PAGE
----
Indirect comparison is being increasingly used for the evaluation of a wide range of healthcare interventions. In this study, 16 of the 88 included reviews were health technology assessment reports. In many such reports, indirect comparison had not been done for clinical effectiveness but was used in the economic evaluation.
In the literature, several related but different assumptions underlying adjusted indirect comparison (figure) have not been clearly distinguished, resulting in methodological and practical problems in the interpretation of indirect or mixed treatment comparison. The problems include unclear understanding of underlying assumptions, inappropriate search and selection of relevant trials, use of inappropriate or flawed methods, lack of objective and validated methods to assess or improve trial similarity, and inadequate comparison or inappropriate combination of direct and indirect evidence.
Indirect comparison was explicit but informal in 13 reviews—neither relative effects nor statistical significance were calculated. Since the use of indirect comparison is often inevitable, a more explicit and formal approach is preferable. In six reviews, the results from individual arms of different trials were compared naively as if they were from one controlled trial. This approach is flawed because the strength of randomisation is disregarded.2
The strength of randomisation could be preserved in adjusted indirect comparison. The most common scenario was the indirect comparison of two competing interventions adjusted by common comparators using classic frequentist methods (including simple metaregression). The advantages of the simple methods include ease of use and transparency. However, when there are several alternative interventions to be compared, the simple adjusted indirect comparison may become inconvenient. More complex methods, such as network meta-analysis, are being increasingly used to make simultaneous comparisons of multiple interventions.10 12 13
These methods treat all included interventions equally rather than focusing on one particular comparison of two interventions.
Subgroup analysis and metaregression are commonly used to assess or improve trial similarity for adjusted indirect comparison (see bmj.com). Their usefulness may be limited because the number of trials involved in adjusted indirect comparison was usually small and it was uncertain whether the important study level variables were reported in all relevant trials.
Trial similarity was often assessed by examining heterogeneity across trials and by a narrative comparison of trial characteristics for the different treatment comparisons being included, which may be deemed informal and subjective.
When data from head to head comparison trials are available, consideration needs to be given to whether an indirect comparison is justified when direct comparison trials are available; any discrepancies between direct and indirect evidence need to be sensibly interpreted; and could direct evidence be combined with the results of indirect comparison.
It is controversial whether indirect evidence needs to be considered when there is evidence from direct comparison trials.5 9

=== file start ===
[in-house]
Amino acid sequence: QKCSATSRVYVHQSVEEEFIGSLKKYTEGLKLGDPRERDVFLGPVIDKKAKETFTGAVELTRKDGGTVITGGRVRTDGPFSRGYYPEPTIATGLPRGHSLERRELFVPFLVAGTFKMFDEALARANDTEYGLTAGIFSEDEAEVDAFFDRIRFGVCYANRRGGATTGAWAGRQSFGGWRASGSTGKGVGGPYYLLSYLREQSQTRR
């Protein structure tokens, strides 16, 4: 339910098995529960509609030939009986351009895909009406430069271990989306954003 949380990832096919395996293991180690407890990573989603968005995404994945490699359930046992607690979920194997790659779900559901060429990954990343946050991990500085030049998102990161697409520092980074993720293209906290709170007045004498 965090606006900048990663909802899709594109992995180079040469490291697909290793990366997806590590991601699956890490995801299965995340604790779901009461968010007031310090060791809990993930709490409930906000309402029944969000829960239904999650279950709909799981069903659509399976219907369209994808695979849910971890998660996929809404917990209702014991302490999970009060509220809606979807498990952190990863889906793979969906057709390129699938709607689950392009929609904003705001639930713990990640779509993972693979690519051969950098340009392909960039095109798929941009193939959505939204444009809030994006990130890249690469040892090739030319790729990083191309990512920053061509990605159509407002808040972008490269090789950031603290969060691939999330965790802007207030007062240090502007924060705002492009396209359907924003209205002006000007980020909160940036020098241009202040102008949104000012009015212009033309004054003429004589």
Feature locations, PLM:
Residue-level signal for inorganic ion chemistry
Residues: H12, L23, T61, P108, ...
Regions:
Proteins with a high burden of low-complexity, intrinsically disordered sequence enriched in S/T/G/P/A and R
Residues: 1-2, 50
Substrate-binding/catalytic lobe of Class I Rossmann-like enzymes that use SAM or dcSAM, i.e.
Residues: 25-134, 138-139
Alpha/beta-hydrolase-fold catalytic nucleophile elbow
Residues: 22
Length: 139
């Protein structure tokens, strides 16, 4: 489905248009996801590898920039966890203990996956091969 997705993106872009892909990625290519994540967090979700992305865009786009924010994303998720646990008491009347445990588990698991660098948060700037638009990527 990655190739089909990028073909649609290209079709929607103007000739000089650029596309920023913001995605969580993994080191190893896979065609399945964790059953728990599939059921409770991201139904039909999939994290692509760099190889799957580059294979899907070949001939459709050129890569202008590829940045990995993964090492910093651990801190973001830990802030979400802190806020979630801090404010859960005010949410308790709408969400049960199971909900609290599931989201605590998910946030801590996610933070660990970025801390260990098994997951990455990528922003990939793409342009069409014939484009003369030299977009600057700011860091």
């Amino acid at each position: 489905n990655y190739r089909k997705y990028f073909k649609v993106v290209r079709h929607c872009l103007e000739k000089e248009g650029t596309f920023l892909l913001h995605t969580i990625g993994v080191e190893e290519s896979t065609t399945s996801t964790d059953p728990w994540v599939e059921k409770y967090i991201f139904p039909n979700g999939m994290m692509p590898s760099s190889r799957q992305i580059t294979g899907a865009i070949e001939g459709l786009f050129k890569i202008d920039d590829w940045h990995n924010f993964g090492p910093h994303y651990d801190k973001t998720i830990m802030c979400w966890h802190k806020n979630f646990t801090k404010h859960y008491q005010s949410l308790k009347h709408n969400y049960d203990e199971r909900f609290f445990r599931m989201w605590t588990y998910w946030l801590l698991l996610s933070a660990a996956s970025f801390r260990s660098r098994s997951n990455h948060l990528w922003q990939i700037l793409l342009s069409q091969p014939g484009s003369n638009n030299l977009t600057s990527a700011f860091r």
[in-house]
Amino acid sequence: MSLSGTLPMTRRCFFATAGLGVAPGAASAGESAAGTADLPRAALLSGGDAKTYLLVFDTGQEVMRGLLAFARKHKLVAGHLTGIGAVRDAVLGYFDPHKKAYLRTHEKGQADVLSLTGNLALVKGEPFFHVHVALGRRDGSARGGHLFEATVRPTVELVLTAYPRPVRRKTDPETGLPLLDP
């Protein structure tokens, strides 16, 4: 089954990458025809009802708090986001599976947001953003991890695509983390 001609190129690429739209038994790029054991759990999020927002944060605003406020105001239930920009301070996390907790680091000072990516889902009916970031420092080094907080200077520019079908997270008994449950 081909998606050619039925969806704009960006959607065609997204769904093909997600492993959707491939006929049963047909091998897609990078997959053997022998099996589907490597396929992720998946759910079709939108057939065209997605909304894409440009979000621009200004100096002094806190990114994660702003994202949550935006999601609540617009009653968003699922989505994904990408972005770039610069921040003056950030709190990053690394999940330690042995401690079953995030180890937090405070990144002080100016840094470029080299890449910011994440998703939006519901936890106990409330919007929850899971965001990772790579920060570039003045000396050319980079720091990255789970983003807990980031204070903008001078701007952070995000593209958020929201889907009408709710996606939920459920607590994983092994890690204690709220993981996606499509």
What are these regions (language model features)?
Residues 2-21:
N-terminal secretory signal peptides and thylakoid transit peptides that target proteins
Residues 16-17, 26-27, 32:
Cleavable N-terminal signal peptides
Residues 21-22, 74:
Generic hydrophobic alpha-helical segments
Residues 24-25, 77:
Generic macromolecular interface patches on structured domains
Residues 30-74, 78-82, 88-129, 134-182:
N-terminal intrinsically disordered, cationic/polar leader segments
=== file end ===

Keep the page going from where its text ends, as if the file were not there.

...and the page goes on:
Indirect comparison was considered helpful by authors of the 40 reviews in which both direct and indirect evidence were available. Such evidence was less likely to be explicitly compared and more likely to be combined in reviews that used complex rather than simple methods (see bmj.com). Since the evidence consistency is usually assessed informally and subjectively,9
transparency is important to allow others to make their own judgment.
Reviews may include trials with three or more arms. Some reviews separately compared two active treatments with placebo within the same trial, and then the results of two separate comparisons were used in adjusted indirect comparison. This downgrades direct evidence to indirect evidence, reduces precision, and uses data from the same placebo arm twice.
In nine reviews, direct comparison trials were excluded or not searched for systematically. In reviews that included only placebo controlled trials, it was often unclear whether there were other active treatment controlled trials that could also be used for adjusted indirect comparison. Some indirect comparisons seemed to be done on an ad hoc basis, using data from existing systematic reviews and meta-analyses.
Reviews were included in this survey only if the indirect comparison was explicit in their titles and abstracts, and if they were indexed in PubMed. Thus we may have missed reports with indirect comparisons. Missed reviews may have been less explicit and less formal than included ones, therefore not mentioned in the abstract.
Empirical evidence on the validity of indirect and mixed treatment comparison is still limited and many questions remain unanswered. In addition, there is only limited empirical evidence to show that improved trial similarity is associated with improved validity of indirect and mixed treatment comparison.
What is already known on this topic
- Indirect comparisons can be valid if some basic assumptions are fulfilled
- The related but different methodological assumptions have not been clearly distinguished
What this study adds
- Certain methodological problems may invalidate the results of evaluations using indirect comparison approaches
- Understanding basic assumptions underlying indirect and mixed treatment comparison is crucial to resolve these problems
- A framework can help clarify homogeneity, similarity, and consistency assumptions underlying adjusted indirect comparisons